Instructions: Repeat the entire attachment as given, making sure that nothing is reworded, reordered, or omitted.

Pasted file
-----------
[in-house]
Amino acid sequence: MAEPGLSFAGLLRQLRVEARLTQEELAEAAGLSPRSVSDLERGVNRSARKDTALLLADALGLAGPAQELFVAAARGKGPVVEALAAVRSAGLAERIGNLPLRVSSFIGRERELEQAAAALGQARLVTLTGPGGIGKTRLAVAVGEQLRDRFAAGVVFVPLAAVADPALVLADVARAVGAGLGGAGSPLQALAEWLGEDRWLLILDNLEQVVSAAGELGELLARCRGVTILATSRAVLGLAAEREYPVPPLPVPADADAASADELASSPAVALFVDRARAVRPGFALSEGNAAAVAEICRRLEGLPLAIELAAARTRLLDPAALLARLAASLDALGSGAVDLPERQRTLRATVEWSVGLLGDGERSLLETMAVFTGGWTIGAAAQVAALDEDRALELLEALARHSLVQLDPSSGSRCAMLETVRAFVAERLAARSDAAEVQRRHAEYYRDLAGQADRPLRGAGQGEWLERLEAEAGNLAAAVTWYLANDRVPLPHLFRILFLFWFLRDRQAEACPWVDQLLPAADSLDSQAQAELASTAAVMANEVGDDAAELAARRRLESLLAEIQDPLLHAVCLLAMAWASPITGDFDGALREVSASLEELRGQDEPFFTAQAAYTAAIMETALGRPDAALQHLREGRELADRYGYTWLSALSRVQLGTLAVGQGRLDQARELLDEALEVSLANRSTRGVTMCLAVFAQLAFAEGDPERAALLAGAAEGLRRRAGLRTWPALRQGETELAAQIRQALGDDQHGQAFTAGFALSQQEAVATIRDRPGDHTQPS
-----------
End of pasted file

[in-house]
Amino acid sequence: MAEPGLSFAGLLRQLRVEARLTQEELAEAAGLSPRSVSDLERGVNRSARKDTALLLADALGLAGPAQELFVAAARGKGPVVEALAAVRSAGLAERIGNLPLRVSSFIGRERELEQAAAALGQARLVTLTGPGGIGKTRLAVAVGEQLRDRFAAGVVFVPLAAVADPALVLADVARAVGAGLGGAGSPLQALAEWLGEDRWLLILDNLEQVVSAAGELGELLARCRGVTILATSRAVLGLAAEREYPVPPLPVPADADAASADELASSPAVALFVDRARAVRPGFALSEGNAAAVAEICRRLEGLPLAIELAAARTRLLDPAALLARLAASLDALGSGAVDLPERQRTLRATVEWSVGLLGDGERSLLETMAVFTGGWTIGAAAQVAALDEDRALELLEALARHSLVQLDPSSGSRCAMLETVRAFVAERLAARSDAAEVQRRHAEYYRDLAGQADRPLRGAGQGEWLERLEAEAGNLAAAVTWYLANDRVPLPHLFRILFLFWFLRDRQAEACPWVDQLLPAADSLDSQAQAELASTAAVMANEVGDDAAELAARRRLESLLAEIQDPLLHAVCLLAMAWASPITGDFDGALREVSASLEELRGQDEPFFTAQAAYTAAIMETALGRPDAALQHLREGRELADRYGYTWLSALSRVQLGTLAVGQGRLDQARELLDEALEVSLANRSTRGVTMCLAVFAQLAFAEGDPERAALLAGAAEGLRRRAGLRTWPALRQGETELAAQIRQALGDDQHGQAFTAGFALSQQEAVATIRDRPGDHTQPS